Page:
The only persons with whom Judy can get a hearing are the chef, Ricky, who spends his off hours as a singer in a night club, and the maid, Olga, who years for her missing Boris.
With the family beset by butcher, baker and everybody else who would trust them, Judy decides something must be done about finances. So she sneaks off a boat supposed to carry her on a select tour of Europe, blacks up and gets a chance to sing in the cafe where Nicky warbles when away from his culinary duties. She is a wow, and just like that, is given a leading part in a musical show that the cafe proprietor is induced to back. Micky, of course, is the leading maid, and even Olga struts her stuff when she stumbles backstage in search of Judy. That is the only part of the scrambled narrative, but it must suffice.
Fanny Brice would have the onlookers in stitches if she had nothing more exciting to do than read a few pages from the Congressional Record. She is a very considerable item in “Everybody Sing,” as the maid who puzzles over parceling four squabs among twice as many guests, and with the familiar brand of comedy she dispenses in the show.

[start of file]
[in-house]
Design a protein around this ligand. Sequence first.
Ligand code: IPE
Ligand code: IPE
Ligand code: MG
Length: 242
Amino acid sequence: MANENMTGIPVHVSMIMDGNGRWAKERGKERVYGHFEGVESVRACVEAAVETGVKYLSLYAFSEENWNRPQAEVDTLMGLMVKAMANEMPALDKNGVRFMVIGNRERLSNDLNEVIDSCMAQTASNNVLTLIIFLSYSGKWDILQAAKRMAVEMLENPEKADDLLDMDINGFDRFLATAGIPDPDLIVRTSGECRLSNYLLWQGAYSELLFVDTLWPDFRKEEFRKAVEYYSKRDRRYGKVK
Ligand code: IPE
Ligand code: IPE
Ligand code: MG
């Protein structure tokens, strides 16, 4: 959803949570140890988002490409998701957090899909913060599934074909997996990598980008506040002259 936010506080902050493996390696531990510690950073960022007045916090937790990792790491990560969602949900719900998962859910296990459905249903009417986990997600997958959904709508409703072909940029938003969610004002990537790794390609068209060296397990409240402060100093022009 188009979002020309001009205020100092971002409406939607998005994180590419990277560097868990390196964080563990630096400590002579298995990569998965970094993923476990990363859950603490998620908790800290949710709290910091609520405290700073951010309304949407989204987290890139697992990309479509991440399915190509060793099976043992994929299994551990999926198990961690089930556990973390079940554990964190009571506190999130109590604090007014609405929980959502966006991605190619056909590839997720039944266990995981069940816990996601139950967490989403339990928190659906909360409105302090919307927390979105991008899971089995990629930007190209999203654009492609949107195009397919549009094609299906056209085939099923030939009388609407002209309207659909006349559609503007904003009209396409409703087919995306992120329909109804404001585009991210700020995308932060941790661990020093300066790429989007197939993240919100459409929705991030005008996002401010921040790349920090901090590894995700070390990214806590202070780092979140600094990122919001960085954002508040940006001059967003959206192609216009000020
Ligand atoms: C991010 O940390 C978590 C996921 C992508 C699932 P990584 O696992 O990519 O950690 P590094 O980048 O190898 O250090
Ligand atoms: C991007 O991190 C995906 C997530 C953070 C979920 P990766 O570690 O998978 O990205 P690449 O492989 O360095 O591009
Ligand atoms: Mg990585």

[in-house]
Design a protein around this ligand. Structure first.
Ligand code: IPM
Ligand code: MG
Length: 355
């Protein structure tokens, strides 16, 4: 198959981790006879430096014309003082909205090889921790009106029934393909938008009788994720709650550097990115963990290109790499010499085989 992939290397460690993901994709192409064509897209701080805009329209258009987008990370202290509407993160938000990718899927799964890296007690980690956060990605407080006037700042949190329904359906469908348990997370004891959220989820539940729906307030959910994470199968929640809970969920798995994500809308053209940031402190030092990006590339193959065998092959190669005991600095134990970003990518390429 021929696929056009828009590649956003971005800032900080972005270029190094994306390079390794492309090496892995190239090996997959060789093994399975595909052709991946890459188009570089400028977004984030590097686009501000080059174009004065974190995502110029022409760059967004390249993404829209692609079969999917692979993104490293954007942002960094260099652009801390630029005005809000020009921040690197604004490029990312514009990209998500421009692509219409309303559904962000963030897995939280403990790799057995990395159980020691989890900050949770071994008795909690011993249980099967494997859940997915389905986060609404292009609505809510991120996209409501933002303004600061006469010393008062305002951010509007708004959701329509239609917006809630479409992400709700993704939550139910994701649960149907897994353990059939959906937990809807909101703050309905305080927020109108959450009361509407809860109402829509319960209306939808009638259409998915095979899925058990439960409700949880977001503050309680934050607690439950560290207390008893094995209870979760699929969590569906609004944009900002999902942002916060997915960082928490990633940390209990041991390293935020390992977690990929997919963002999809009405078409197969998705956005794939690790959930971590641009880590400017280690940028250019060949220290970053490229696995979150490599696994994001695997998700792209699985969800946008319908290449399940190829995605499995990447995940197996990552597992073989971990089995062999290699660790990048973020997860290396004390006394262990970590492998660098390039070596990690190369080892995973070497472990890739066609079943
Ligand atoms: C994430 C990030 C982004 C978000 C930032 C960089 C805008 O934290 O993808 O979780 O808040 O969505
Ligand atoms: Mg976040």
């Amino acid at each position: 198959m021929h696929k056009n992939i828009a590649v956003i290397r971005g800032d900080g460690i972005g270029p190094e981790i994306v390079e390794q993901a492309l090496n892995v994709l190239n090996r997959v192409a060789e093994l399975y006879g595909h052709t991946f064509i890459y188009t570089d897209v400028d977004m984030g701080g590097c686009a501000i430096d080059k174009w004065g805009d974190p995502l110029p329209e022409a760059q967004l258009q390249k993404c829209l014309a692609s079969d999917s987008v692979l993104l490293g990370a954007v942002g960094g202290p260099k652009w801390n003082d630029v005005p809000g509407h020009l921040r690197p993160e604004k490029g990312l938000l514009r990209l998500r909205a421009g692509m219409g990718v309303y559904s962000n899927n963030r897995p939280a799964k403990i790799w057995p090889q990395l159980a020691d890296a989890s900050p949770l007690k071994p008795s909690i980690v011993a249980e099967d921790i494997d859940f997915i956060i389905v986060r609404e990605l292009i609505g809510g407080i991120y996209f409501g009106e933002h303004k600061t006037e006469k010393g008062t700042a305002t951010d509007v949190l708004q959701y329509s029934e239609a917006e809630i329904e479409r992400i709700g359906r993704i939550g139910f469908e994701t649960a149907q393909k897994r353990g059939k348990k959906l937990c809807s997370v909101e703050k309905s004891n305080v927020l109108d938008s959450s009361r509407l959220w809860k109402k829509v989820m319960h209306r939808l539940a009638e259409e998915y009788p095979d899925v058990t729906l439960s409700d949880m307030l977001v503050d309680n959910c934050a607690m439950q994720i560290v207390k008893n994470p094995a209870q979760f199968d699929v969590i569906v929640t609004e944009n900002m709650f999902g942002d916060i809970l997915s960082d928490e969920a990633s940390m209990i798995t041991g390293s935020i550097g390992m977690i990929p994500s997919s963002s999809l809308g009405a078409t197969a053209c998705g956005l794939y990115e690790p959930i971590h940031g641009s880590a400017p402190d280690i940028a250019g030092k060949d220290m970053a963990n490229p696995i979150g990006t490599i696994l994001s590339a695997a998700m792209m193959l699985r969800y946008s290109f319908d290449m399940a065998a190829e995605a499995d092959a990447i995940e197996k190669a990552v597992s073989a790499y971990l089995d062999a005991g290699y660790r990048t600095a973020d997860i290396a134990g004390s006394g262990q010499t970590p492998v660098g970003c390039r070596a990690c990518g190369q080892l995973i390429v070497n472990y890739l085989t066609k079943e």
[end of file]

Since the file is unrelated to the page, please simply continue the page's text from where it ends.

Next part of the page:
Owen Has Playwright Role
Allan Jones gets a chance to sing and act in the improbable role of Ricky, and does a good job at both. Reginald Owen is the ranting playwright. Billie Burke is fluttery, and wasted, as his wife. Henry Armetta is the explosive cafe man, and Reginald Gardiner and Lynne Carver are other principals.
Speed and skill characterize the stage show, which in addition to little Miss Garland offers the Five Janzieys, acrobats extraordinary the Four Franks, who mix instrumentalism, dancing and rough comedy beautifully, and Harris and Howell, sepia punsters who took the house by storm, as did the unprogrammed dancer with them.
Edward Werner and the orchestra top all this off with “Light Cavalry” overture.
March 18, 1938: This article from the Ironwood Times out of Ironwood, Michigan, focused on the fact that Judy’s father, Frank Gumm, had played the local theater years prior. He must have made an impression for the paper to remember him and to point out his visit to the town while he was on the vaudeville circuit.
Some of the claims in the article are amusing, especially the bit about how rifle and pistol practice is one of Judy’s hobbies! In reality, Judy had a fear of guns.
On this day, Judy arrived in Detroit, Michigan, as part of her Everybody Sing tour, having just concluded her appearance in Chicago. The article mentions meeting Judy as she passed through on her way to New York, but in fact, she was on her way to Detroit. Considering the other fabrications in the article, this little mistake is no surprise!